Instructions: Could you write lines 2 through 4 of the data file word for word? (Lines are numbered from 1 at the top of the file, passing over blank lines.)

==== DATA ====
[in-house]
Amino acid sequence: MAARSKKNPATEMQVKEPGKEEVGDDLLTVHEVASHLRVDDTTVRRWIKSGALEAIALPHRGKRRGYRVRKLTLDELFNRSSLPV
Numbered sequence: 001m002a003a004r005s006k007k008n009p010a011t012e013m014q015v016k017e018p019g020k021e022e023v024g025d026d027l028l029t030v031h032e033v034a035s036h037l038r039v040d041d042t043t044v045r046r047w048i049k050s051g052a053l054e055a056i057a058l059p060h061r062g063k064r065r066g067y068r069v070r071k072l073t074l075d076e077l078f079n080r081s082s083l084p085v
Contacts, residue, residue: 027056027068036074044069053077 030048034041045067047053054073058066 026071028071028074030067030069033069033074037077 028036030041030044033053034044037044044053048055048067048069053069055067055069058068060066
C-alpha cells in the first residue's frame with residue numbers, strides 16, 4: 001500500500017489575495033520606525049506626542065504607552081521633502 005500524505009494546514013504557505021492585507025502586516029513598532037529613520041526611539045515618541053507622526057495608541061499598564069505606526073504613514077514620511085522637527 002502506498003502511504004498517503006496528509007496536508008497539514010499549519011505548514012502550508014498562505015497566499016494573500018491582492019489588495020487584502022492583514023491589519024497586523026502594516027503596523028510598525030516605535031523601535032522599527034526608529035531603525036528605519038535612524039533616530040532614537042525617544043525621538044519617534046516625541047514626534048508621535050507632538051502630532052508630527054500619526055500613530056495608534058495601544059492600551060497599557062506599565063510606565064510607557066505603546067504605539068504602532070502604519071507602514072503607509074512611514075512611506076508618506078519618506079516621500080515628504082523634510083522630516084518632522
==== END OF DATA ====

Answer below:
Amino acid sequence: MAARSKKNPATEMQVKEPGKEEVGDDLLTVHEVASHLRVDDTTVRRWIKSGALEAIALPHRGKRRGYRVRKLTLDELFNRSSLPV
Numbered sequence: 001m002a003a004r005s006k007k008n009p010a011t012e013m014q015v016k017e018p019g020k021e022e023v024g025d026d027l028l029t030v031h032e033v034a035s036h037l038r039v040d041d042t043t044v045r046r047w048i049k050s051g052a053l054e055a056i057a058l059p060h061r062g063k064r065r066g067y068r069v070r071k072l073t074l075d076e077l078f079n080r081s082s083l084p085v
Contacts, residue, residue: 027056027068036074044069053077 030048034041045067047053054073058066 026071028071028074030067030069033069033074037077 028036030041030044033053034044037044044053048055048067048069053069055067055069058068060066